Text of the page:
Relatives accuse Bangladeshi police of torture in loved ones’ in-custody deaths

Kamran Reza Chowdhury
Relatives accuse Bangladeshi police of torture in loved ones’ in-custody deaths Family members of individuals who died in police custody gather in a protest rally in front of the National Press Club in Dhaka, Bangladesh, July 14, 2023.

Two men who died Tuesday while in police custody in separate Bangladeshi districts were victims of torture at the hands of officers, relatives of the detainees alleged on Wednesday.

In both instances, with postmortem reports still pending, the respective police units denied the accusations that the two were tortured or that they had died as a result of being physically forced to answer questions under interrogation. 

Authorities in the South Asian nation consistently come out with similar denials in such cases or say they will investigate the deaths, although human rights advocacy groups here have long been raising the alarm about the alleged torture of detainees and suspicious in-custody deaths. 

In the latest cases, detainees Syed Mohammad Shahidullah and Habibur Rahman had been implicated in separate criminal cases in Chittagong and Bogura districts, respectively.

“Police officials in plain clothes forcibly dragged my uncle out of the house,” Syed Sakib Ahmed, a nephew of Syed Shahidullah, told BenarNews on Wednesday. “The cops did not allow him to take his regular medicine. They tortured him mentally. He died because he could not bear it anymore.”

Shahidullah was a former official with the Anti-Corruption Commission, a government body responsible for busting graft. 

Bangladesh’s law against custodial torture criminalizes “mental torture” of people in the custody of security forces. 

Local and international human rights organizations routinely say that instances of custodial torture during interrogation by security forces are widespread in Bangladesh.

Odhikar, a domestic human rights group, documented the deaths of 11 people in custody last year due to alleged torture. 

As of September, at least three people had died in police custody in 2023 so far, according to Ain-O-Salish Kendra (ASK), another Bangladeshi rights group.

Khairul Islam, who heads the police station in Chittagong where Shahidullah had been detained, rejected the allegation of torture.

“We even placed him in my room instead of putting him behind bars,” he said.

But a while after detaining him, Islam said, “he told us that he was not feeling well.”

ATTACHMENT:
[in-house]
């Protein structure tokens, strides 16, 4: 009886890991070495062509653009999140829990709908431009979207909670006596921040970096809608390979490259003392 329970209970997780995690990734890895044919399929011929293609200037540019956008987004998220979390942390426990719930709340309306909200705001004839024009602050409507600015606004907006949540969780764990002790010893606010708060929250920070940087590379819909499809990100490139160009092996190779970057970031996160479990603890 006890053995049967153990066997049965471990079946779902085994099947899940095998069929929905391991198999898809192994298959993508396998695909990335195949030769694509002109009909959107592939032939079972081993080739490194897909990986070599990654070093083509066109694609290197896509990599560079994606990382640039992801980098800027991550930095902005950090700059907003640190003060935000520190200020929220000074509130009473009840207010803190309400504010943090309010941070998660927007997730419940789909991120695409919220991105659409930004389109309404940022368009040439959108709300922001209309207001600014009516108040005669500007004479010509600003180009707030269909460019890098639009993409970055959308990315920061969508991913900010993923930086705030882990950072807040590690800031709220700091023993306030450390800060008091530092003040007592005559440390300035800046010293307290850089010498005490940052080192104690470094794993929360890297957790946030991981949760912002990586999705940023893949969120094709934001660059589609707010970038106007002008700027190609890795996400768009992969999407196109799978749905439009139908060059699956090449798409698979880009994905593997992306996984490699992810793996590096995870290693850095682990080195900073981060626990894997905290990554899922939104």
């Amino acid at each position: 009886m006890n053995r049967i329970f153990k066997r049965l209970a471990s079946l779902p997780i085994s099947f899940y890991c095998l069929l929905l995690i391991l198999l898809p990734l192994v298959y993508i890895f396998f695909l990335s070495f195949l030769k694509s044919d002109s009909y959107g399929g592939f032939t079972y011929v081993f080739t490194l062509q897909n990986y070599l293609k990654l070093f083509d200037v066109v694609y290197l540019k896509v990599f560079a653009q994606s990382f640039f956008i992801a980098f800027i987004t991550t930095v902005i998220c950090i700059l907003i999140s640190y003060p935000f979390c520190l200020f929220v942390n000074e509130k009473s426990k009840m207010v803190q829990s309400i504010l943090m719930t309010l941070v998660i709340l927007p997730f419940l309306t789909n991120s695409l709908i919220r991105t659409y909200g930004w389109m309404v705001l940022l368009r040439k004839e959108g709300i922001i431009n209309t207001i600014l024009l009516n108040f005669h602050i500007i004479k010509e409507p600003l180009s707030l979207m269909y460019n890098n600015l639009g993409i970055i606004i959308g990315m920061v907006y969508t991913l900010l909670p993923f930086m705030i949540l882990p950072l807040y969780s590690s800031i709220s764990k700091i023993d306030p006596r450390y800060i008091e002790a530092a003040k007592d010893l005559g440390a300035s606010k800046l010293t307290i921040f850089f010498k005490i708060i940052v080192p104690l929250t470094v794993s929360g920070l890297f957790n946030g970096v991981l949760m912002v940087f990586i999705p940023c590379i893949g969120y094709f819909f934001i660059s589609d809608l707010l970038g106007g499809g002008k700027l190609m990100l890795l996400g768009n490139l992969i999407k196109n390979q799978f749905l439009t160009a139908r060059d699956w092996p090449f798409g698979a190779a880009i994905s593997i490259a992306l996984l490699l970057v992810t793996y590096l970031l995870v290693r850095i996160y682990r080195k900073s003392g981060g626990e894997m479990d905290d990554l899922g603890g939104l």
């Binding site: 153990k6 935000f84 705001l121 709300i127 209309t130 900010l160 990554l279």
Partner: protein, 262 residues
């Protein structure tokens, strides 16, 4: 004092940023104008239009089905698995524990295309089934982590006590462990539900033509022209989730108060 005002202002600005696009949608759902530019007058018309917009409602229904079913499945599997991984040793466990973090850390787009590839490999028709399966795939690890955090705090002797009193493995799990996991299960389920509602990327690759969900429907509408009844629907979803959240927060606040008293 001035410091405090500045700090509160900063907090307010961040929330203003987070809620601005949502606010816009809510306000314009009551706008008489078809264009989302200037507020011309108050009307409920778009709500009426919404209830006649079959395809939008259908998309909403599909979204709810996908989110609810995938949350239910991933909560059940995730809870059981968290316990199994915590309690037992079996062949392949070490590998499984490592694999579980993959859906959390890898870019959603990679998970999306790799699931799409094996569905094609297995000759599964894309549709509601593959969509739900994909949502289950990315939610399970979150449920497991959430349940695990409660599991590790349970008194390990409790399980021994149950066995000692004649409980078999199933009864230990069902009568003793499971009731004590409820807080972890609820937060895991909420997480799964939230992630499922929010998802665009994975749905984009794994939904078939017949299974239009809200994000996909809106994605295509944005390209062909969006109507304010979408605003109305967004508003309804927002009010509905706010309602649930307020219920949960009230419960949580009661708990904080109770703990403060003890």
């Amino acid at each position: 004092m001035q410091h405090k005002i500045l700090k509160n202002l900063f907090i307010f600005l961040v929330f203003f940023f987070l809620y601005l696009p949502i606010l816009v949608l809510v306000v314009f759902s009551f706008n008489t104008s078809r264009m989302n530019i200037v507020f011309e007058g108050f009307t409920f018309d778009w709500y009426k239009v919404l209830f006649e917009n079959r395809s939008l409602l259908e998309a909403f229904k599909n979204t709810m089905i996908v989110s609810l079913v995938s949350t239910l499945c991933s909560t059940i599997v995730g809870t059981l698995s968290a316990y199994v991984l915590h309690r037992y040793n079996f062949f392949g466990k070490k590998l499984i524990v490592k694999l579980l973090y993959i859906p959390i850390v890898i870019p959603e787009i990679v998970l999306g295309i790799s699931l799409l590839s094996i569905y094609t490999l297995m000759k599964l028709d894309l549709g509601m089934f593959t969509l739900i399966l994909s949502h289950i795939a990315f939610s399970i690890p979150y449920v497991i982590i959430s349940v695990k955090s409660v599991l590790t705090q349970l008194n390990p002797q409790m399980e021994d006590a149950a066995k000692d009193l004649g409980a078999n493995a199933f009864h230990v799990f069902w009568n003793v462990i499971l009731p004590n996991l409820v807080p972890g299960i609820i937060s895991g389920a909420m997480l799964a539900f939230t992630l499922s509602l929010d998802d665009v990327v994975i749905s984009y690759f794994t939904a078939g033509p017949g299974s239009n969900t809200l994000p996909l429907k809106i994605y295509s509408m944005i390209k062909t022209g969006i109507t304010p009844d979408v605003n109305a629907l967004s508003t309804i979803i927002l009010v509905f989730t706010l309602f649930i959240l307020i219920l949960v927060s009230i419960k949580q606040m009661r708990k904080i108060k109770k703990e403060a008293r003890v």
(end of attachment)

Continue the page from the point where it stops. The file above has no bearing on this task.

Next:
“We immediately called the family members and took him to a nearby hospital where the on-duty doctors declared him dead,” he added.

“We have neither tortured nor humiliated him.”

Meanwhile, in the northwestern district of Bogura, Habibur Rahman’s uncle, Manjurul Haque, threatened to file a complaint against the policemen who had detained him. 

Haque, also a lawyer for whom Rahman worked as a clerk, told BenarNews, “[Rahman] was in good health. How did a healthy person die if he was not tortured? He is a victim of custodial torture.”

But Snigdho Akhter, a top police official in the district, suggested that Rahman might have died from a heart attack.

He said Rahman was the top accused in a case related to the abduction and subsequent murder of an individual in 2013.

A witness, who was set to implicate Rahman in the homicide in a court hearing, went missing in August, Akhter claimed.

The police only recently recovered the decomposed body of the witness and arrested a suspect. 

The suspect issued a confessional statement to the police that implicated Rahman in the death of the witness as well, the police official said.

“When we informed Habibur Rahman about the confessional statement we obtained, he seemed shocked and said he felt pain in his chest,” said Akhter, adding that Rahman died at a hospital shortly after.

In Bangladesh, confessional statements are often discredited because of frequent allegations that they are collected under duress.

Nur Khan Liton, the executive director of ASK, told BenarNews that any deaths under custody could be subjected to the country’s anti-custodial torture law.

“The police’s explanations are not acceptable. The police are responsible for the two custodial deaths,” he said. 

“Denying medicines to an individual in custody can also be an offense,” he said.

“The authorities should conduct a fair investigation and punish the people responsible.”

Under the law, which was enacted in 2013 and faced resistance from police officials, punishment for torture ranges from five years imprisonment to a life sentence. 

But successful prosecutions have been rare. 

On Sept. 9, 2020, a court in Dhaka handed down life sentences to three police officers for torturing a man to death six years earlier.

That remains the only precedent of formal punishment awarded to officials accused of torturing detained individuals.

In March 2023, an excerpt from the U.S. State Department’s 2022 Country Reports on Human Rights Practices highlighted allegations that Bangladeshi security forces use torture on people in custody.

“According to multiple organizations, including the U.N. Committee against Torture (UNCAT), security forces reportedly used torture to gather information from alleged militants and members of political opposition parties,” the State Department reported.

“These forces reportedly used beatings with iron rods, kneecappings, electric shock, rape and other sexual abuse, and mock executions. Numerous organizations also claimed security forces were involved in widespread and routine commission of torture, occasionally resulting in death, for the purpose of soliciting payment of bribes or obtaining confessions.” 


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